3. Sorting and Error Calculation If the target is achievable, then the arr list, which contains all the differences between each price and its floor value, is sorted in descending order using arr.sort(reverse=True). This allows us to select the smallest fractional parts first when we round up, which minimizes the error.

  4. Computing the Total Rounding Error The total rounding error is computed by taking into account the numbers that we have to round up to reach the target. The difference between the target and initial sum mi gives us d, the count of prices we must round up. The sum of rounding errors for prices rounded up is sum(arr[:d]), and for those rounded down is sum(arr[d:]). We subtract the first from d and add the second to find the total error.

  5. Formatting the Result Finally, the code computes the answer and formats it to 3 decimal places using the formatted string f'{ans:.3f}', which completes our rounding error calculation.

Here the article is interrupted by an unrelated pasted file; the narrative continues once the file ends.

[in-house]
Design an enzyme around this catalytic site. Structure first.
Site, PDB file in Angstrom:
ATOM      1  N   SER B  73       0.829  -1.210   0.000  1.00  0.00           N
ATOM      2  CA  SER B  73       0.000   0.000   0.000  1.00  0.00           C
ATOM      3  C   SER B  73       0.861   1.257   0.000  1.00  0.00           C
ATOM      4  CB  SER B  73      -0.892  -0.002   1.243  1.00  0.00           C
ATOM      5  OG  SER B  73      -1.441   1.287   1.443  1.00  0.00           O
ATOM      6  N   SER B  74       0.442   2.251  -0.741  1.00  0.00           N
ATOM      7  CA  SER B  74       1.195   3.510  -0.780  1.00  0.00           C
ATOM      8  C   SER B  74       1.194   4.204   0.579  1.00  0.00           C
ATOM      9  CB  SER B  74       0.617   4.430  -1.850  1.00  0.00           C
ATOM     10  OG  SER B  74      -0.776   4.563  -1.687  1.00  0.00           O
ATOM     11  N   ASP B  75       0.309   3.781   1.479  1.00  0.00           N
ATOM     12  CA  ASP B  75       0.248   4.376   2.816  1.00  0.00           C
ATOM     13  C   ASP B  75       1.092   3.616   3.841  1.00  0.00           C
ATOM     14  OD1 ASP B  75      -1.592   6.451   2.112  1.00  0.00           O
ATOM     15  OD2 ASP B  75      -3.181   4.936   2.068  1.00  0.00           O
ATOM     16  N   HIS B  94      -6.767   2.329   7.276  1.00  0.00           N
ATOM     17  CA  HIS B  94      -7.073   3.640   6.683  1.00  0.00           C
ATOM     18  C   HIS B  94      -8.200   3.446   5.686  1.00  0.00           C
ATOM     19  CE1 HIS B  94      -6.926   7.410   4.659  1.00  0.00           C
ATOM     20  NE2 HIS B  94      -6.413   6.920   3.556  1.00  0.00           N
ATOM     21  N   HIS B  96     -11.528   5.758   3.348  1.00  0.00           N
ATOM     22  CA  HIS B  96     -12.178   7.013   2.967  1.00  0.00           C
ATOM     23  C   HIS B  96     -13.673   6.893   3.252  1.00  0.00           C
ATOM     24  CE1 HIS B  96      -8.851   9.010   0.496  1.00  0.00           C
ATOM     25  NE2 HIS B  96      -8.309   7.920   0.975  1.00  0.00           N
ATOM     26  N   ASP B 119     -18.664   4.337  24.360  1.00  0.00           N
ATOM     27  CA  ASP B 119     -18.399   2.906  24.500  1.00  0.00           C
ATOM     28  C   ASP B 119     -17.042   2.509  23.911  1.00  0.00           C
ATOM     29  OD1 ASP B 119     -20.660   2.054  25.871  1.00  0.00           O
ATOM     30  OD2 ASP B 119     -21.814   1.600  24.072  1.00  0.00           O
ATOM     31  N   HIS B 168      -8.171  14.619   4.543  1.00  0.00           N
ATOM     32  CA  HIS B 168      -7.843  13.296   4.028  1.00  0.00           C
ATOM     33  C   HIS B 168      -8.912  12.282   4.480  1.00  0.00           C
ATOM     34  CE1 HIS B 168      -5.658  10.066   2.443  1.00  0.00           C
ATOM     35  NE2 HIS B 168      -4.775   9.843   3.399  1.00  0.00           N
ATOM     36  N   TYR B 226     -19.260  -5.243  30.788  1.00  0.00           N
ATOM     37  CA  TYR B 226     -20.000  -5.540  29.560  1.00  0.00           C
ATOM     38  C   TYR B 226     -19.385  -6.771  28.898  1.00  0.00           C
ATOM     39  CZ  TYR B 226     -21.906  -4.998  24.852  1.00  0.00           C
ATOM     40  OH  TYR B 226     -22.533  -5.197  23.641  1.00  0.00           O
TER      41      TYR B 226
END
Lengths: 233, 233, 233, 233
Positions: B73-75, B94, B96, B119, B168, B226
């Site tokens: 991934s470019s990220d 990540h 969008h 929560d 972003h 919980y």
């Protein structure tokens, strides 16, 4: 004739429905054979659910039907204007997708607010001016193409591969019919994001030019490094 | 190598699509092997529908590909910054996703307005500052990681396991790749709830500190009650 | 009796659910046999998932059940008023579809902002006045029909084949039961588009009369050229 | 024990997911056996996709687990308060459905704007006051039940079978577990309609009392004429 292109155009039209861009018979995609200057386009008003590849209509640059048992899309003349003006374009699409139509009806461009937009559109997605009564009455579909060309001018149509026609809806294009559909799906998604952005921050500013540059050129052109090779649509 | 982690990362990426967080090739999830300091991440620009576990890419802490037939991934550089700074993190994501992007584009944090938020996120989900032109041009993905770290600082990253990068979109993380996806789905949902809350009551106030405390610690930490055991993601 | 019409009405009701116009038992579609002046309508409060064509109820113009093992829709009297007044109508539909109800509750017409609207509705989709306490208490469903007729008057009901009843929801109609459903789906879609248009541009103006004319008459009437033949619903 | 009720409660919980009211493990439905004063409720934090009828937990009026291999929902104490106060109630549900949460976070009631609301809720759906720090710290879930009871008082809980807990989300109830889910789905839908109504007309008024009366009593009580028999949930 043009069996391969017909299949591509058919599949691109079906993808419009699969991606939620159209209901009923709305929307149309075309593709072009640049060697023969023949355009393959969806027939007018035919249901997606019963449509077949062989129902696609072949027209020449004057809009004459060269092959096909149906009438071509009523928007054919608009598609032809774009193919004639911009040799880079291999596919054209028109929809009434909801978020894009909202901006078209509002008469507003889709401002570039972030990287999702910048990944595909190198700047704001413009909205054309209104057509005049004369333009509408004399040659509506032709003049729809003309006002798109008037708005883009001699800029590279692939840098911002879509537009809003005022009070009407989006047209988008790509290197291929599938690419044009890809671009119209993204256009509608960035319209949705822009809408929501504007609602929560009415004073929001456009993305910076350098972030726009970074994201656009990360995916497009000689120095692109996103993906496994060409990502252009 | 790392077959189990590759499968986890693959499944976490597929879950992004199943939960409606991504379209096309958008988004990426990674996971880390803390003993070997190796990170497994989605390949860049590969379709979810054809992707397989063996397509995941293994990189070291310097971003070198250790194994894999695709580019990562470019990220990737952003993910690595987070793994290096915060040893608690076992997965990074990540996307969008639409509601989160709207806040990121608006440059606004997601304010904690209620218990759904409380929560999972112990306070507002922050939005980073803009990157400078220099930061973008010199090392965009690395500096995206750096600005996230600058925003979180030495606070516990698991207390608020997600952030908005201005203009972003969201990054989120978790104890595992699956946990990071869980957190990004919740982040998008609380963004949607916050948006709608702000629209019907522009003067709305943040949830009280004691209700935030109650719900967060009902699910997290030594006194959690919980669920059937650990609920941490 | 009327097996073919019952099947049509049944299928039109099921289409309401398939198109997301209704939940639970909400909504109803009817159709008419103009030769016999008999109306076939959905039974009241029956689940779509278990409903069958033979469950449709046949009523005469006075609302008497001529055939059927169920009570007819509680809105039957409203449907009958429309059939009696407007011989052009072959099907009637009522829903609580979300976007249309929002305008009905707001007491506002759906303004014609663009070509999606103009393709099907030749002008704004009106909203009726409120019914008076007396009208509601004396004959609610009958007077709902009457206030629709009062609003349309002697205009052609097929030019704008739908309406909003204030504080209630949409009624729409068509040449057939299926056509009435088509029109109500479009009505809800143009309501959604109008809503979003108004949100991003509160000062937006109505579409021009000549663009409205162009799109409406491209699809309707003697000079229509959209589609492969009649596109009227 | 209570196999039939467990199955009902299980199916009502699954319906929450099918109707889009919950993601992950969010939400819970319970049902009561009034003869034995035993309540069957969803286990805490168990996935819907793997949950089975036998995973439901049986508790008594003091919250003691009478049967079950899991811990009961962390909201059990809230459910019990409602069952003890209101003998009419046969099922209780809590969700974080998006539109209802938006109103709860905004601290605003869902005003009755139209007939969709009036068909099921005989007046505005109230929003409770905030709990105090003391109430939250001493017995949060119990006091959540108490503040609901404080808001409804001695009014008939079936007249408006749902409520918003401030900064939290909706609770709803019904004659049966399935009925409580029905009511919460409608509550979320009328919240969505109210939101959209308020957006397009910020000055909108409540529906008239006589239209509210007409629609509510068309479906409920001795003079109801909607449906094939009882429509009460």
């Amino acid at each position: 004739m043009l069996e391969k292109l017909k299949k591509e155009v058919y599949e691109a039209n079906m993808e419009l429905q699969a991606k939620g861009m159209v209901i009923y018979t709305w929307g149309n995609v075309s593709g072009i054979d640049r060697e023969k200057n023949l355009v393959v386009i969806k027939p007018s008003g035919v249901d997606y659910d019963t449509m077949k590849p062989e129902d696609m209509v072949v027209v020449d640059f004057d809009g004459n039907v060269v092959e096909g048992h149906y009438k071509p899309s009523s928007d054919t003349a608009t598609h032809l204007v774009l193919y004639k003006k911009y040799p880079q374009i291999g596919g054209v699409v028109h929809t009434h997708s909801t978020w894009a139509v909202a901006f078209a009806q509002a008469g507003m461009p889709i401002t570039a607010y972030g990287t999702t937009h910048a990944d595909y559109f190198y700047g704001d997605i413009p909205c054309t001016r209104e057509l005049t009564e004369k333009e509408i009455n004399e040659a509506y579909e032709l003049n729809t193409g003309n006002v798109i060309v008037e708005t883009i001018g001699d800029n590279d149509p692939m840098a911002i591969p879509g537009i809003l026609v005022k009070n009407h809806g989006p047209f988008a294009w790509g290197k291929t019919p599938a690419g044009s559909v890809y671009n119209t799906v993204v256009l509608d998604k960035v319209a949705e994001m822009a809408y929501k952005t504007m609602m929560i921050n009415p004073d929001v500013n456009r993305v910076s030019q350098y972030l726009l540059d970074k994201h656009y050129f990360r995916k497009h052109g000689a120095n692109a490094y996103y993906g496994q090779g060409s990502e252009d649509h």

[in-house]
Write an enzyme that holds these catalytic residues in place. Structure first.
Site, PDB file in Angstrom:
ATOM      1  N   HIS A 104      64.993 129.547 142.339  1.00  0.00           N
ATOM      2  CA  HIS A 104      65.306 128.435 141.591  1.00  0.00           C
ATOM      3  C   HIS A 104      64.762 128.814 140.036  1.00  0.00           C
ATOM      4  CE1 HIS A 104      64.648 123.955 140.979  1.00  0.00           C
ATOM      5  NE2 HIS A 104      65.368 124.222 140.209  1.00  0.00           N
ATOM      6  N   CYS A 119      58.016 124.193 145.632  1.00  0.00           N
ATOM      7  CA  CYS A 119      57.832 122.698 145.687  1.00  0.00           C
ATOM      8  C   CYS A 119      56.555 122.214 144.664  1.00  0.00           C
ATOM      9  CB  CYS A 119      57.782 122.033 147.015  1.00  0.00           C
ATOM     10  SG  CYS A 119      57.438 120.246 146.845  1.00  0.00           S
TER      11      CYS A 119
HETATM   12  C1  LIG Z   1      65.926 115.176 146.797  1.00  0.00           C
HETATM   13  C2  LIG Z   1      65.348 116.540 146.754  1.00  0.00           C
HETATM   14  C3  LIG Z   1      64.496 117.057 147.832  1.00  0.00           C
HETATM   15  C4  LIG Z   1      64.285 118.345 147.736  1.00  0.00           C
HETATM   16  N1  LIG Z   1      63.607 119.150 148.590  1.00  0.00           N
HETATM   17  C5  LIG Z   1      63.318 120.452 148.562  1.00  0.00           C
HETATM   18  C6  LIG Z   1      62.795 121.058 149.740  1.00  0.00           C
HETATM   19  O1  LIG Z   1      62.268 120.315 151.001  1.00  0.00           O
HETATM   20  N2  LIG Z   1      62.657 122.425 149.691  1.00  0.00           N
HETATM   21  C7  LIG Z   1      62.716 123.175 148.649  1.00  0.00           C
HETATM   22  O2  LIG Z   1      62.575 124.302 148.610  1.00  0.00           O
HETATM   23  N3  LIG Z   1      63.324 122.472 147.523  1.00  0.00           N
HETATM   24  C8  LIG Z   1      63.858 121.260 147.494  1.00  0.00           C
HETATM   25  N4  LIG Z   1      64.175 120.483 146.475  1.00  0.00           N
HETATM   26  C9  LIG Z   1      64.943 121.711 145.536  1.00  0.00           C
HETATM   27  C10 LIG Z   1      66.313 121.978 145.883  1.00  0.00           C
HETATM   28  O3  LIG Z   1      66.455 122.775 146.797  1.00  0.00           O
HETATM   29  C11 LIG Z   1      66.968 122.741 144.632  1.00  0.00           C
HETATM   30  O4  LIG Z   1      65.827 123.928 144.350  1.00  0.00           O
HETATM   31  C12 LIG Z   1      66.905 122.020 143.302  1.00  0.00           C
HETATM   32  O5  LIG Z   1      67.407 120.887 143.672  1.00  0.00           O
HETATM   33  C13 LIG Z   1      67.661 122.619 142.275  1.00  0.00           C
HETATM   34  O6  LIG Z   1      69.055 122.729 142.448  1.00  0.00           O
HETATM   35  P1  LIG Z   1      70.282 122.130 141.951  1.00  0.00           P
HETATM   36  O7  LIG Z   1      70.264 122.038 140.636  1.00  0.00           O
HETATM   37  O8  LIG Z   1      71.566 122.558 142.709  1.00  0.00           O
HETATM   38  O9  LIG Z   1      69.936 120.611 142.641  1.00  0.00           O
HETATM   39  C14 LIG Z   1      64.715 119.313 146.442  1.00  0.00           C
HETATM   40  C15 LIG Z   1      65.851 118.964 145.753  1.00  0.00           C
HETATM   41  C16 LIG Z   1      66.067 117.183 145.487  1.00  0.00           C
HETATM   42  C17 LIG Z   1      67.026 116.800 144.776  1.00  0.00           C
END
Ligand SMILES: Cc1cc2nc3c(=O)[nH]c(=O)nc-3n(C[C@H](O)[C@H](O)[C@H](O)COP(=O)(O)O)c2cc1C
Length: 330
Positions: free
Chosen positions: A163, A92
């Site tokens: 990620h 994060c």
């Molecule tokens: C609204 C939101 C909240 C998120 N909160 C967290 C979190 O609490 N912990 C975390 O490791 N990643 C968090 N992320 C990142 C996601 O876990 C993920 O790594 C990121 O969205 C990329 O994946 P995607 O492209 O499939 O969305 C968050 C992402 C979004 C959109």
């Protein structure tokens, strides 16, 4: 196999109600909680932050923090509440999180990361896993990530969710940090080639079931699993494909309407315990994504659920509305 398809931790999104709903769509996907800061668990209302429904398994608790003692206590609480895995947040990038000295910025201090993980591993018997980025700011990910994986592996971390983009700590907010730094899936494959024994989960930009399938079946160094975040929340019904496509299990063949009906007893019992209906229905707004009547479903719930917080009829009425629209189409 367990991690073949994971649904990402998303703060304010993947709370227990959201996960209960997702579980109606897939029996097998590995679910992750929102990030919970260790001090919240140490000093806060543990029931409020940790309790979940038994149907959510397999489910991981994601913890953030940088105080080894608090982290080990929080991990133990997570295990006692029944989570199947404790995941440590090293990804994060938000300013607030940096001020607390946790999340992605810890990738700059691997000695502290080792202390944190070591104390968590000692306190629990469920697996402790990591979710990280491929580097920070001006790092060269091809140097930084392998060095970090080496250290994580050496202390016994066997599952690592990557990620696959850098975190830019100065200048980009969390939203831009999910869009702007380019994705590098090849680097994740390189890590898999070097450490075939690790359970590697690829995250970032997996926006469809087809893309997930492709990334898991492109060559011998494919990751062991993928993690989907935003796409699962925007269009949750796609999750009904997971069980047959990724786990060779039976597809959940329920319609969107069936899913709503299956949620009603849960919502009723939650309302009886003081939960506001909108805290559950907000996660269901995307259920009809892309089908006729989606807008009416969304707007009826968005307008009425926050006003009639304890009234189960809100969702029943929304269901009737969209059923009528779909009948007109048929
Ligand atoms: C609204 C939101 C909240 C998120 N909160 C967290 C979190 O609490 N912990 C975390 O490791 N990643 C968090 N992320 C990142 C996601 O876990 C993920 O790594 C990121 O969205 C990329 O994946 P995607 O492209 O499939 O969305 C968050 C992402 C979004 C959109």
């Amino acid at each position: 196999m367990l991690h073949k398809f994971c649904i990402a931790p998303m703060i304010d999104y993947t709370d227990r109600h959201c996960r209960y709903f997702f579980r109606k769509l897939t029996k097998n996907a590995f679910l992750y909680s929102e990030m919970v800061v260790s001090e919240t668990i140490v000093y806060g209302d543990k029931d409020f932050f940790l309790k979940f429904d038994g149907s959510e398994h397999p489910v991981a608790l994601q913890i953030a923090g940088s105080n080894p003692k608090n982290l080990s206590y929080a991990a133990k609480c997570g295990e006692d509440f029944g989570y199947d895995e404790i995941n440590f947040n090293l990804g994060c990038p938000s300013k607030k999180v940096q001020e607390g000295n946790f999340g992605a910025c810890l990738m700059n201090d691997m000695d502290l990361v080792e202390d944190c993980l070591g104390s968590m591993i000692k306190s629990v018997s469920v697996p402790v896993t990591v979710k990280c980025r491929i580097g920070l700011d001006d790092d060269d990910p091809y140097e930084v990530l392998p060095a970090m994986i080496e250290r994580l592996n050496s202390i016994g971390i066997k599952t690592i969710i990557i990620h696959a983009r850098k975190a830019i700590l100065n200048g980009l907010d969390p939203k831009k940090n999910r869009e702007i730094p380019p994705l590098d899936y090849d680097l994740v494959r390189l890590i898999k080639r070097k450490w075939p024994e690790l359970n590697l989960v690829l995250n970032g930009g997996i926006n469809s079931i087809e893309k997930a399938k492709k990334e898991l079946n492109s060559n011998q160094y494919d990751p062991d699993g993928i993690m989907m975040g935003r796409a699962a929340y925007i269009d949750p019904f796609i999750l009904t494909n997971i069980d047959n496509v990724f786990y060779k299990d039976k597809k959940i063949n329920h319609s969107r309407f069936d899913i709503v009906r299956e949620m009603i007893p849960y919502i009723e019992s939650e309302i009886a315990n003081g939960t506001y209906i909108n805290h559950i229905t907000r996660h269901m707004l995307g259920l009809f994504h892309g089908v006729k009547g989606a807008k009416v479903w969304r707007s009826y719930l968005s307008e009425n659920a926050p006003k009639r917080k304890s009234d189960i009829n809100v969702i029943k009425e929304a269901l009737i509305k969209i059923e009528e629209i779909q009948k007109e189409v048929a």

This solution is efficient as it makes use of the properties of numbers and their rounding behaviors, along with sorting, which runs in O(n log n) time complexity for Python's Timsort algorithm, where n is the number of prices given.

The primary data structure utilized here is the list, for collecting the fractional parts and later sorting them. The use of list slicing and aggregation functions like sum() makes the code concise and efficient.

The given solution elegantly combines simple mathematical observation with a well-known sorting algorithm to solve what initially appears to be a complex problem. This implementation underlines the effectiveness of combining fundamental programming constructs and algorithms to solve practical computational problems.